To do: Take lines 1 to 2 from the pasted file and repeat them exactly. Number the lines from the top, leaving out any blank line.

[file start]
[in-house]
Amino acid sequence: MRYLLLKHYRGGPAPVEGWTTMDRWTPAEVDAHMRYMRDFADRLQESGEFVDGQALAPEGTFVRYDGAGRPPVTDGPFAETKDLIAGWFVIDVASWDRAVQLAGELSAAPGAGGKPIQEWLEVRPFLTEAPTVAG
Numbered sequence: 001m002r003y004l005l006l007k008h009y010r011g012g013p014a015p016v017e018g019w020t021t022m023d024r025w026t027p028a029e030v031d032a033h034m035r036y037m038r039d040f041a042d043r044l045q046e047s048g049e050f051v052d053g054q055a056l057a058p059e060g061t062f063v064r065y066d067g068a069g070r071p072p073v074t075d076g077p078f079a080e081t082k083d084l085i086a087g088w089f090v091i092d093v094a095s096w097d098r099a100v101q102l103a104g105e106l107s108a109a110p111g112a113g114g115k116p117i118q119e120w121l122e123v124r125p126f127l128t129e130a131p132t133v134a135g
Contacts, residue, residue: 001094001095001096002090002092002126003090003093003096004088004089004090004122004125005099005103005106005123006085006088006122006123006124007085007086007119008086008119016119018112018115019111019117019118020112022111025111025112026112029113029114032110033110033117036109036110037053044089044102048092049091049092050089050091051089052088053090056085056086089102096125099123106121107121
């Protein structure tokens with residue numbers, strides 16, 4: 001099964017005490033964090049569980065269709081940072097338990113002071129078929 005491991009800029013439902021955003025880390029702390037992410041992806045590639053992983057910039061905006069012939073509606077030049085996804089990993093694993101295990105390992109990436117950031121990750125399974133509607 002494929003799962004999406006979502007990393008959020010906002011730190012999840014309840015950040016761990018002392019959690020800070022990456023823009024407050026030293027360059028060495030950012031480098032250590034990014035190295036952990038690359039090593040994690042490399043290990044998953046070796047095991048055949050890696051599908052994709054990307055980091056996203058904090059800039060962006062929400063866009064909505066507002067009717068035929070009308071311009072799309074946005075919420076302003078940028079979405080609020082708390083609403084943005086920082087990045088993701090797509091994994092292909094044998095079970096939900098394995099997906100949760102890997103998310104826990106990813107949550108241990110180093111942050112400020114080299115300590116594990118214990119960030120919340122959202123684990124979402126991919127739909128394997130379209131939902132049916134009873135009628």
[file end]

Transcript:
[in-house]
Amino acid sequence: MRYLLLKHYRGGPAPVEGWTTMDRWTPAEVDAHMRYMRDFADRLQESGEFVDGQALAPEGTFVRYDGAGRPPVTDGPFAETKDLIAGWFVIDVASWDRAVQLAGELSAAPGAGGKPIQEWLEVRPFLTEAPTVAG